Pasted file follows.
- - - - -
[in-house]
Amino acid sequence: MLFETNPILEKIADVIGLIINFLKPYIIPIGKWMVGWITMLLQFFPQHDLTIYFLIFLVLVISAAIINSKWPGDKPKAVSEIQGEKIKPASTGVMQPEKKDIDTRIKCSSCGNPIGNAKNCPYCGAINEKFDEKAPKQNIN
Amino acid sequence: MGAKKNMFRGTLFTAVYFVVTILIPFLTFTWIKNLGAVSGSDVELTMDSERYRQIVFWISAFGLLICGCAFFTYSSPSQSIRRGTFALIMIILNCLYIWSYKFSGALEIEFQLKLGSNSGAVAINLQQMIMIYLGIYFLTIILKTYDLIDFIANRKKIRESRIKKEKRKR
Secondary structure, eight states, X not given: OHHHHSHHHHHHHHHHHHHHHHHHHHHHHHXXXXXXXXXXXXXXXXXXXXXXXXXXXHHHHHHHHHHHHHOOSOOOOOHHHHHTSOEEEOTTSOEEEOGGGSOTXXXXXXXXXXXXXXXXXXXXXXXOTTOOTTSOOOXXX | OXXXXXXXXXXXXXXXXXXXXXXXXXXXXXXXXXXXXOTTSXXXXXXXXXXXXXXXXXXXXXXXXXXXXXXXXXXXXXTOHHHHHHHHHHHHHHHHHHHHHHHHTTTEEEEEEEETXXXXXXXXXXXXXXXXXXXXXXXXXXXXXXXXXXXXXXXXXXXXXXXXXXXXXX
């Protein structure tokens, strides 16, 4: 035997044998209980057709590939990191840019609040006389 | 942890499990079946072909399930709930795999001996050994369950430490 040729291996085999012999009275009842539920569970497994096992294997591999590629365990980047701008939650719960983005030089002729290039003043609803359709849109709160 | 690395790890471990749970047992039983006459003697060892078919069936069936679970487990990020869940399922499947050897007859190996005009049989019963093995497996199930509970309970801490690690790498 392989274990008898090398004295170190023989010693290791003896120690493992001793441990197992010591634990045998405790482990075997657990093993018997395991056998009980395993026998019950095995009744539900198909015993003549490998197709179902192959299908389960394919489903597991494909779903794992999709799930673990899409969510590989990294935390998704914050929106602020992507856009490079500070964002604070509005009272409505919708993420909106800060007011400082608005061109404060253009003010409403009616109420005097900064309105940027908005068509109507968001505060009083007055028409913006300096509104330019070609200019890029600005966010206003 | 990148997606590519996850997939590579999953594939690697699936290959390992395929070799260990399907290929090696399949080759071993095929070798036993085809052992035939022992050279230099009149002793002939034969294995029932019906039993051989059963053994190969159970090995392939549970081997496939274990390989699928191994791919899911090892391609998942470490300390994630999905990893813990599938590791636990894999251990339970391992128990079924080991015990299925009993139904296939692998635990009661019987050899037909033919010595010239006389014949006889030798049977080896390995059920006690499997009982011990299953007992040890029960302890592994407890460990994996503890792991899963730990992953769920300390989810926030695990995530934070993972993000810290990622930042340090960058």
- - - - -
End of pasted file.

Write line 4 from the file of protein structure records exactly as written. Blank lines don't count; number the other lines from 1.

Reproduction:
Secondary structure, eight states, X not given: OHHHHSHHHHHHHHHHHHHHHHHHHHHHHHXXXXXXXXXXXXXXXXXXXXXXXXXXXHHHHHHHHHHHHHOOSOOOOOHHHHHTSOEEEOTTSOEEEOGGGSOTXXXXXXXXXXXXXXXXXXXXXXXOTTOOTTSOOOXXX | OXXXXXXXXXXXXXXXXXXXXXXXXXXXXXXXXXXXXOTTSXXXXXXXXXXXXXXXXXXXXXXXXXXXXXXXXXXXXXTOHHHHHHHHHHHHHHHHHHHHHHHHTTTEEEEEEEETXXXXXXXXXXXXXXXXXXXXXXXXXXXXXXXXXXXXXXXXXXXXXXXXXXXXXX